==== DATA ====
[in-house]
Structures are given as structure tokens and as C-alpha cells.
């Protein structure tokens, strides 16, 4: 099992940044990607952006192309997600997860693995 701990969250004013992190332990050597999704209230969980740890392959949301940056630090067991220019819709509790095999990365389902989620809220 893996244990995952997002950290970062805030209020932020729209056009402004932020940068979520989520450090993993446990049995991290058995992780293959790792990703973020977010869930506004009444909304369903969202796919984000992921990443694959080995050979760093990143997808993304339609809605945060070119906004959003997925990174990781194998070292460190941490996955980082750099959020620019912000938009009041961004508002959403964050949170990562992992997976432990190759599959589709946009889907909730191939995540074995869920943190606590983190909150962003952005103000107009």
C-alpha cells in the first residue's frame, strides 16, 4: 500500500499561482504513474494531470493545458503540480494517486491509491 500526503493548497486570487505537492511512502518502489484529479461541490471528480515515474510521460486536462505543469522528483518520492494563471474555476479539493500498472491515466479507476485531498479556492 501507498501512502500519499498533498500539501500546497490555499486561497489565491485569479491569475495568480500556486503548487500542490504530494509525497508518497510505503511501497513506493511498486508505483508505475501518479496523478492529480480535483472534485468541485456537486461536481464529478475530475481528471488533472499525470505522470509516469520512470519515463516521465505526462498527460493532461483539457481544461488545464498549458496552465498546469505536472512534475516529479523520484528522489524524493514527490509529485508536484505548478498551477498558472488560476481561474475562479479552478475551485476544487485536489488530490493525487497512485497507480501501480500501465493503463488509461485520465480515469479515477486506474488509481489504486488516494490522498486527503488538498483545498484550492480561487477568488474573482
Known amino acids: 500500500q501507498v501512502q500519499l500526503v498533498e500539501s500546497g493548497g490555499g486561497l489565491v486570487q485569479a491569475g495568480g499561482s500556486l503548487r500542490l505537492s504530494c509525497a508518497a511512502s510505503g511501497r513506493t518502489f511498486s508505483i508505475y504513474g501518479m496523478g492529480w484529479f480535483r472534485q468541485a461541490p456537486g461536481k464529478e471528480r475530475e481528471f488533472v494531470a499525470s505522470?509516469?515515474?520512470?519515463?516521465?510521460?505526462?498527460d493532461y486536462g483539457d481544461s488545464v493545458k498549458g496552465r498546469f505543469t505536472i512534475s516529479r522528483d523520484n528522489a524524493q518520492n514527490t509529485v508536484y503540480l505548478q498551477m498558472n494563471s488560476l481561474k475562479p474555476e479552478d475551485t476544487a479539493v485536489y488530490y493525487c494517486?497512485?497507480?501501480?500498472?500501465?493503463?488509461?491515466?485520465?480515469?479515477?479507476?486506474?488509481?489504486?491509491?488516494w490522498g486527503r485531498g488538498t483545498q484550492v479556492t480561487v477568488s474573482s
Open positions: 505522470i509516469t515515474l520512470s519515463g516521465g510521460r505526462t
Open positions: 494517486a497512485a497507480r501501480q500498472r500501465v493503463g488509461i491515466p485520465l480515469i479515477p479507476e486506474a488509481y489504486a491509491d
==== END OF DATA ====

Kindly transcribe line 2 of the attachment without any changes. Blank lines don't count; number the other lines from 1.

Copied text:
Structures are given as structure tokens and as C-alpha cells.